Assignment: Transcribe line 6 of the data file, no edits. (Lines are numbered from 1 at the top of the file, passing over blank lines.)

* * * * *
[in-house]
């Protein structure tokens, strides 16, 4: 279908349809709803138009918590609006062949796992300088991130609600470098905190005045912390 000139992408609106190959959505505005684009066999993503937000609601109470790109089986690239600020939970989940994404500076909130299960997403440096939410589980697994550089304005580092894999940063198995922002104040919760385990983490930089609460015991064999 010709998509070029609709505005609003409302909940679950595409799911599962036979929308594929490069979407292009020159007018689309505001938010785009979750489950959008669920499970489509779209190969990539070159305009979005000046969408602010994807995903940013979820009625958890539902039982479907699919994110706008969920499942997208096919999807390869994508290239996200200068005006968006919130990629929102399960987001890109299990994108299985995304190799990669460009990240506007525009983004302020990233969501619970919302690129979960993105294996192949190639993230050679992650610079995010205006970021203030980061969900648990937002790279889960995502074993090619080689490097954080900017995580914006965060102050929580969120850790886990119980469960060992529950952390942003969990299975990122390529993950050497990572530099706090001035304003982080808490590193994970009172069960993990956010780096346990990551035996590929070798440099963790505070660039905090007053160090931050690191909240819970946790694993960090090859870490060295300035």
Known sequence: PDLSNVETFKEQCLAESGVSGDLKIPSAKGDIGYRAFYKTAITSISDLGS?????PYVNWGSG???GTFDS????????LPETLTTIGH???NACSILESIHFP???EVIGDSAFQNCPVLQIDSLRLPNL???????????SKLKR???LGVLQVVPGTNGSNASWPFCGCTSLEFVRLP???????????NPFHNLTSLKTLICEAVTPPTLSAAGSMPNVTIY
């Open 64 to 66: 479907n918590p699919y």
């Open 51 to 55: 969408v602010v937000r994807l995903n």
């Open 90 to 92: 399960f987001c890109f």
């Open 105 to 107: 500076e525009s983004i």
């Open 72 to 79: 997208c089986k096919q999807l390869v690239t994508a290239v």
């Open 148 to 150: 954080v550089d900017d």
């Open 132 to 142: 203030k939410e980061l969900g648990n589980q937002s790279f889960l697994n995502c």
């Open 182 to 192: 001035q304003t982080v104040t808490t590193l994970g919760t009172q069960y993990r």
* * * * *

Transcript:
């Open 90 to 92: 399960f987001c890109f």